“Whom shall I send? and who will go for us?” Then said I, “Here am I, Lord. Send me.” (Isaiah 6)
You say the Lord has called you into His work. You’re still young and you’re excited, although with a proper amount of fear and uncertainty on what all this means.
You’re normal. Been there, felt that.
We might have cause to worry if the living God touched your life and redirected it into His service and you picked yourself up and went on as though nothing had happened. Amos said, “I was gathering sycamore fruit, and the Lord God called me.” He said, “The lion roars and you will fear. God calls and you will prophesy.”
The call of God is almost as life-changing as the original salvation experience itself.
So, give thanks. And give this a lot of prayerful thought.
Here are some thoughts for you as you go forward. The list is not complete or exhaustive, but just to get you started.
One. Make dead sure of your call.
In the future, you will find yourself in situations demanding more strength than you have, wisdom beyond your own, and patience available only from Heaven. You must face each challenge with the certainty that God put you into this work and He is there to sustain and guide you. Without that confidence, you will not last.
When I hear pastors say, “That church treated me badly, so I’m never going to pastor again,” I wonder about their call. How does one dismiss the call of God because he found the work tough?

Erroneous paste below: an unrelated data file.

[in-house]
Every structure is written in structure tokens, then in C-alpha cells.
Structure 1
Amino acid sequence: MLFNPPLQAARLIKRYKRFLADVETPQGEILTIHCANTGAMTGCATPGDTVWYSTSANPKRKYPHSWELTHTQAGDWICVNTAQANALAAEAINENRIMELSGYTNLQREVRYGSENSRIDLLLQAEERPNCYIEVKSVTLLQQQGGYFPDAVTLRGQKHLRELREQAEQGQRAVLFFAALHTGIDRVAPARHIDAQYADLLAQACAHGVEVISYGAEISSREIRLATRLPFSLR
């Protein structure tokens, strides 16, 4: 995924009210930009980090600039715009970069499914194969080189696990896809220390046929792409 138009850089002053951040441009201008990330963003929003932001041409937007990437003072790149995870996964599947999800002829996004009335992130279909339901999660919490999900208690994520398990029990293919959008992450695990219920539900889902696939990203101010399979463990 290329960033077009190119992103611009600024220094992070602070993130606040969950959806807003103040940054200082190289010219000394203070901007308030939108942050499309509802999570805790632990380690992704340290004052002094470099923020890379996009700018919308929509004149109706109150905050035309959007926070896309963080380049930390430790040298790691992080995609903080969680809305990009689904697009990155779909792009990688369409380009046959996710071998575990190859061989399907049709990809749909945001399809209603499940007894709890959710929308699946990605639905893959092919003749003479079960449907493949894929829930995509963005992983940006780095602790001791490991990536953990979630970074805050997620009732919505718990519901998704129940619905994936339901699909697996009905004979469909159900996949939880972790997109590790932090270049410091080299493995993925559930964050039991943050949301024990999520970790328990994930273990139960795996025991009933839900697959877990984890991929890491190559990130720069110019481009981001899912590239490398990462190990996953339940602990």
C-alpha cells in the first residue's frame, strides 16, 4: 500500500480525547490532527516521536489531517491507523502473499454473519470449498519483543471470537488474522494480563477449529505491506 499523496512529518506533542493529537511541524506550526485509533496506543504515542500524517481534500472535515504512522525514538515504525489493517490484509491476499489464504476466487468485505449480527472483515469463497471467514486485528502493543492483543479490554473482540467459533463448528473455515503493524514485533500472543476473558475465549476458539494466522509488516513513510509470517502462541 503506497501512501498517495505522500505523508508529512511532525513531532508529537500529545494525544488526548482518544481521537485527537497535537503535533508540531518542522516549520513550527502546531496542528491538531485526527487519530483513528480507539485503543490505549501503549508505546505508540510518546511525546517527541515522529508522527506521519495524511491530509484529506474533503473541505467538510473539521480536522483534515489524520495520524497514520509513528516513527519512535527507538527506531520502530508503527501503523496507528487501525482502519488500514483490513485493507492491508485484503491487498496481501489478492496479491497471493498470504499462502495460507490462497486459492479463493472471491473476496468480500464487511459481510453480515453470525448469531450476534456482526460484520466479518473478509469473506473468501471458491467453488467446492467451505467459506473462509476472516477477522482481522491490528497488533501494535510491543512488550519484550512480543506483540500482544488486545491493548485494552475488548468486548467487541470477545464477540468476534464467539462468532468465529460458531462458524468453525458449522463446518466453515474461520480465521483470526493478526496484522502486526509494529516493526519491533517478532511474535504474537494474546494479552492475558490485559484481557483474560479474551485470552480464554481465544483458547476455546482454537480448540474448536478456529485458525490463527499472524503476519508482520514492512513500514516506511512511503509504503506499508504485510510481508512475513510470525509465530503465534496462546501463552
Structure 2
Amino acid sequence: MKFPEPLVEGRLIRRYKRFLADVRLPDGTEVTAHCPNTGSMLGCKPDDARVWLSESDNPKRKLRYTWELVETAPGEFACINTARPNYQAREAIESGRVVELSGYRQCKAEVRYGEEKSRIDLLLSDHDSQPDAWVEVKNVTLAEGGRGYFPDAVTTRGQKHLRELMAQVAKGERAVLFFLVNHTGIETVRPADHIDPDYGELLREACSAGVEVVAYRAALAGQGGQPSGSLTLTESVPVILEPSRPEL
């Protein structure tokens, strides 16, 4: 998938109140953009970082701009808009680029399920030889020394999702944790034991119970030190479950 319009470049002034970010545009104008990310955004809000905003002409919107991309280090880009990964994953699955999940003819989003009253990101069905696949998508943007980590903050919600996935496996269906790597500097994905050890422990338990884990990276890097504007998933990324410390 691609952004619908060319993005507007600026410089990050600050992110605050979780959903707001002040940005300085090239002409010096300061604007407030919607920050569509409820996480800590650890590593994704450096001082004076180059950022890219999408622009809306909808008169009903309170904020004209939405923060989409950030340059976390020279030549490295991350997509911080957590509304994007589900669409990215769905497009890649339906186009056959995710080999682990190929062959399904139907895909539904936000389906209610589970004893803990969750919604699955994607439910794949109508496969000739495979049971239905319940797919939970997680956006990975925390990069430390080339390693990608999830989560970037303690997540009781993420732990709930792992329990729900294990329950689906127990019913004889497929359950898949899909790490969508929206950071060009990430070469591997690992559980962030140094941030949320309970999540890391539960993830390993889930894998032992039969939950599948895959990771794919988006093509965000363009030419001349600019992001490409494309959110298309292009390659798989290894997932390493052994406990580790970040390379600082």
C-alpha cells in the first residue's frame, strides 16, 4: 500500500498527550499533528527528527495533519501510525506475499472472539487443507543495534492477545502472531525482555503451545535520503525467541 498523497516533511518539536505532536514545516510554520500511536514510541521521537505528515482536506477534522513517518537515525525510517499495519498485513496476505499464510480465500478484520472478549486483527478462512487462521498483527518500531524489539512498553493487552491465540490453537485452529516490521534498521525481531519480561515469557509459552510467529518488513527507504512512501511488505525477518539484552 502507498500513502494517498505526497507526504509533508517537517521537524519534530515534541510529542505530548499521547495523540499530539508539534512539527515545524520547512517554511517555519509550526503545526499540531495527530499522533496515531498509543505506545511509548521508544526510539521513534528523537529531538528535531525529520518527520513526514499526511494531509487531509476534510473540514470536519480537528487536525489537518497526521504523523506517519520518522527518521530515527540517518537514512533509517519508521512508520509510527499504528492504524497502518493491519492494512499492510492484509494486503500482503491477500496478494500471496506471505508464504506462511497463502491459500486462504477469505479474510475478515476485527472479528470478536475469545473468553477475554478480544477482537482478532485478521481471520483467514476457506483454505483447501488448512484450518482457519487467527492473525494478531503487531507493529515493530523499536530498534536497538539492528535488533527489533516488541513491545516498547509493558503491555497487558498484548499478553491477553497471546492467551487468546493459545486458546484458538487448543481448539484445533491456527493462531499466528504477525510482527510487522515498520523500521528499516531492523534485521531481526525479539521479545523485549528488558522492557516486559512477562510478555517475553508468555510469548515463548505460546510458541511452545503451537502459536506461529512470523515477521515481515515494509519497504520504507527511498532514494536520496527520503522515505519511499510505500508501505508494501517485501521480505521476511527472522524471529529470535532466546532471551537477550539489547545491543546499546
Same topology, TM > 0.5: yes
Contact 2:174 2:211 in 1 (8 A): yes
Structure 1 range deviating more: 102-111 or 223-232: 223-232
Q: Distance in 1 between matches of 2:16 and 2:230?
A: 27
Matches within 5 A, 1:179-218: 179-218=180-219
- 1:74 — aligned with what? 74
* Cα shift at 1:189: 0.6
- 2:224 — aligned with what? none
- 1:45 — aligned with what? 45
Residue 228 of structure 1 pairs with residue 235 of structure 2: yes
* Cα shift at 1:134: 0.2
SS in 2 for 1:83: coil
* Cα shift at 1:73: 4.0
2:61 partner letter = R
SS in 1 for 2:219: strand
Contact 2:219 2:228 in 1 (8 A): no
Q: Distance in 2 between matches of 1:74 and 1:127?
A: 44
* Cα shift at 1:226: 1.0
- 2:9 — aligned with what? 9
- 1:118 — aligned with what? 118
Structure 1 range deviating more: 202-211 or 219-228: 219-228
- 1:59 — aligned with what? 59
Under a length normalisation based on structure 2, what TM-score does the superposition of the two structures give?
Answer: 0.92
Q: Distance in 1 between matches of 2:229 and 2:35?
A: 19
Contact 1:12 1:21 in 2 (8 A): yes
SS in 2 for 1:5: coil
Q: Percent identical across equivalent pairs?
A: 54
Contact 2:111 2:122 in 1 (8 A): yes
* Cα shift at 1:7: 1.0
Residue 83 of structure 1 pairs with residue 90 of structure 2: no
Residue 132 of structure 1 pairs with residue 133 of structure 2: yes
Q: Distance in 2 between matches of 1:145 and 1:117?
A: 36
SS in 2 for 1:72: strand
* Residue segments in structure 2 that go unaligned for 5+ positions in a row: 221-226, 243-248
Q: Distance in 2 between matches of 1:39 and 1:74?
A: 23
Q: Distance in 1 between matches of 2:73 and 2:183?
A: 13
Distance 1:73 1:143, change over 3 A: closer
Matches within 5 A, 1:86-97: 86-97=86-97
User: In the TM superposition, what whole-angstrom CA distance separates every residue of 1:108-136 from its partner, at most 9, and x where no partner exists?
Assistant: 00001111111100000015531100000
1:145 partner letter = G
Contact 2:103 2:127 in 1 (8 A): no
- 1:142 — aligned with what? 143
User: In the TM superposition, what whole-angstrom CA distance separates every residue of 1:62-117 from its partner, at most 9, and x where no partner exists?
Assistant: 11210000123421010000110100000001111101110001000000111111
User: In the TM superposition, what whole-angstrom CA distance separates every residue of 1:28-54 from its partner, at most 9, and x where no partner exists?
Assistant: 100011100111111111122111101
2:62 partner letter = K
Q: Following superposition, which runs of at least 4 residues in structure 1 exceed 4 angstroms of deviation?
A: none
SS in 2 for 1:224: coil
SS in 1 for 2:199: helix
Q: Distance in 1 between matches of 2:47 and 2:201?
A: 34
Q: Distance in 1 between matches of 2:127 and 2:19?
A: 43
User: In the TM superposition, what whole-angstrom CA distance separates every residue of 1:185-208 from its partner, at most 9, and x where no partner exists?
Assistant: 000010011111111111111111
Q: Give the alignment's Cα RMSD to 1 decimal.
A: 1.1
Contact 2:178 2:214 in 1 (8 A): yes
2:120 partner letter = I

Two. Plan to get all the education you can.
A call to work for the Lord means a call to prepare.
Jesus lived on earth for 33 years, and spent 30 of it in preparation.
For you, this may mean seminary or a divinity school or a Bible college. That’s up to the Lord, and He’s the One you will want to consult. If you’re uncertain, ask other ministers who are doing what God has called you to do. Visit campuses, take a few online courses before moving to a school.
I know plenty of ministers who wish they had stayed in school longer, but I never met a one who felt he had gotten too much education.
Three. Stay involved in ministry. Do not make the mistake of some and devote yourself completely to your school work intending at some distant date to serve a church. Churches will wonder, and rightfully so, if you’re so good–with all those degrees–why you have no experience. Combining classroom work with the actual hands-on work of pastoring is an ideal way to learn both.
Working on your schooling while serving a church will keep you balanced and probably sane, too.
Bill and I were classmates in seminary working on our Master’s. Five years after graduating, I was back on campus and ran into Bill in the dining hall. When I asked where he was serving, he told me the sad story. After receiving the Master’s, he had stayed in school to work on a PhD, but without serving a church along the way. Now that he had all these degrees, churches were hesitant to call him. Large churches wanted someone with experience and small ones felt he was over-qualified. Search committees asked, “Why have you never pastored? We need someone with experience.”
Four. Along the way, find yourself two or three mentors. These are older ministers–at least older than you!–with years of experience, who will be available to advise and counsel and pray for you.